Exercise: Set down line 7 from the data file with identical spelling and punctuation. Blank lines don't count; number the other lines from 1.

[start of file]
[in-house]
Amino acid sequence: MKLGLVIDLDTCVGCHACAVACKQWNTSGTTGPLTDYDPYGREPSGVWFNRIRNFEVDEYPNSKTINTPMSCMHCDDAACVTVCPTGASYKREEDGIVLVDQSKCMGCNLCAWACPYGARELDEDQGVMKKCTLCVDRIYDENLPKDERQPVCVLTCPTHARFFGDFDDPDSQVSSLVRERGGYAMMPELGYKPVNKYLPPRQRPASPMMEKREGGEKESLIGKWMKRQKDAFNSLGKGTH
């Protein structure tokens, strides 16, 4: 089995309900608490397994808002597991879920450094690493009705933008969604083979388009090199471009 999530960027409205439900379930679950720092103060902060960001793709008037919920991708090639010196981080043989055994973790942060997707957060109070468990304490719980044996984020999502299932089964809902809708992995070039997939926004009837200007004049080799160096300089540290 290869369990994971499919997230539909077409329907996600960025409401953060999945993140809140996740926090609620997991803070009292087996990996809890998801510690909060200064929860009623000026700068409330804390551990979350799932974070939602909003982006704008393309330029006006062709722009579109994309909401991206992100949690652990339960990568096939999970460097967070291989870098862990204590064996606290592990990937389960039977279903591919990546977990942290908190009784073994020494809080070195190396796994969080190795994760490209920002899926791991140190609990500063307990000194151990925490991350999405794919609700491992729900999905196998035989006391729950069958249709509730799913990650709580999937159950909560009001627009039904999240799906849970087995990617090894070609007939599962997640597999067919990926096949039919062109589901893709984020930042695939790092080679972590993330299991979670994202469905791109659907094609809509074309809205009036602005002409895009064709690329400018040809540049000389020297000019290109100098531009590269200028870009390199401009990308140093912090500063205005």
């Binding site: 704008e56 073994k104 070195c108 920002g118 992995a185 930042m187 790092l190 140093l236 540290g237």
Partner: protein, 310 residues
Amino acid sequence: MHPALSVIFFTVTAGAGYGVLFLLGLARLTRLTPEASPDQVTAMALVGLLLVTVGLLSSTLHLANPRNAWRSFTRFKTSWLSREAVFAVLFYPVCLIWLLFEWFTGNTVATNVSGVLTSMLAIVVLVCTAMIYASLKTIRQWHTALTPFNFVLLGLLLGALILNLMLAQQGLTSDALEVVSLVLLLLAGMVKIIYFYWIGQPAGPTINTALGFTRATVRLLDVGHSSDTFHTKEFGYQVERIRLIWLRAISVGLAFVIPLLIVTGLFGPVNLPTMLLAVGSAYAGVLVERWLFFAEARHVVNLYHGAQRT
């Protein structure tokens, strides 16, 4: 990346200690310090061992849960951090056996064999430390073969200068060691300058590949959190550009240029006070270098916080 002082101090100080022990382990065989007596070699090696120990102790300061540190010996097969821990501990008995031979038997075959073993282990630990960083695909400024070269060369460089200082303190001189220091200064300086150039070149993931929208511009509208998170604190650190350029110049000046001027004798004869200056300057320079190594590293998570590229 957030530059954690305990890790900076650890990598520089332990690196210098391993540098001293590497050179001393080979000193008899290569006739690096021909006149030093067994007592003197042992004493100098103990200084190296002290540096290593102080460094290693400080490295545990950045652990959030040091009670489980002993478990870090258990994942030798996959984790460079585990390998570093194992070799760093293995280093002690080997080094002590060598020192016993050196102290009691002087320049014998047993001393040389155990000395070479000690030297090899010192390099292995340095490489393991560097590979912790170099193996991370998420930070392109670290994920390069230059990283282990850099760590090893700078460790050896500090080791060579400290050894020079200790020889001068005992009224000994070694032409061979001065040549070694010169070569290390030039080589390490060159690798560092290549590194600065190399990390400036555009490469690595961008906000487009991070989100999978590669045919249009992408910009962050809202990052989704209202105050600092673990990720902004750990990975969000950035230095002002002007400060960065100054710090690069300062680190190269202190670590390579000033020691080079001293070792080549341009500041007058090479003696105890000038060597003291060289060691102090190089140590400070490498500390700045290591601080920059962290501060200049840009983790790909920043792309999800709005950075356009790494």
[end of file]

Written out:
């Protein structure tokens, strides 16, 4: 990346200690310090061992849960951090056996064999430390073969200068060691300058590949959190550009240029006070270098916080 002082101090100080022990382990065989007596070699090696120990102790300061540190010996097969821990501990008995031979038997075959073993282990630990960083695909400024070269060369460089200082303190001189220091200064300086150039070149993931929208511009509208998170604190650190350029110049000046001027004798004869200056300057320079190594590293998570590229 957030530059954690305990890790900076650890990598520089332990690196210098391993540098001293590497050179001393080979000193008899290569006739690096021909006149030093067994007592003197042992004493100098103990200084190296002290540096290593102080460094290693400080490295545990950045652990959030040091009670489980002993478990870090258990994942030798996959984790460079585990390998570093194992070799760093293995280093002690080997080094002590060598020192016993050196102290009691002087320049014998047993001393040389155990000395070479000690030297090899010192390099292995340095490489393991560097590979912790170099193996991370998420930070392109670290994920390069230059990283282990850099760590090893700078460790050896500090080791060579400290050894020079200790020889001068005992009224000994070694032409061979001065040549070694010169070569290390030039080589390490060159690798560092290549590194600065190399990390400036555009490469690595961008906000487009991070989100999978590669045919249009992408910009962050809202990052989704209202105050600092673990990720902004750990990975969000950035230095002002002007400060960065100054710090690069300062680190190269202190670590390579000033020691080079001293070792080549341009500041007058090479003696105890000038060597003291060289060691102090190089140590400070490498500390700045290591601080920059962290501060200049840009983790790909920043792309999800709005950075356009790494």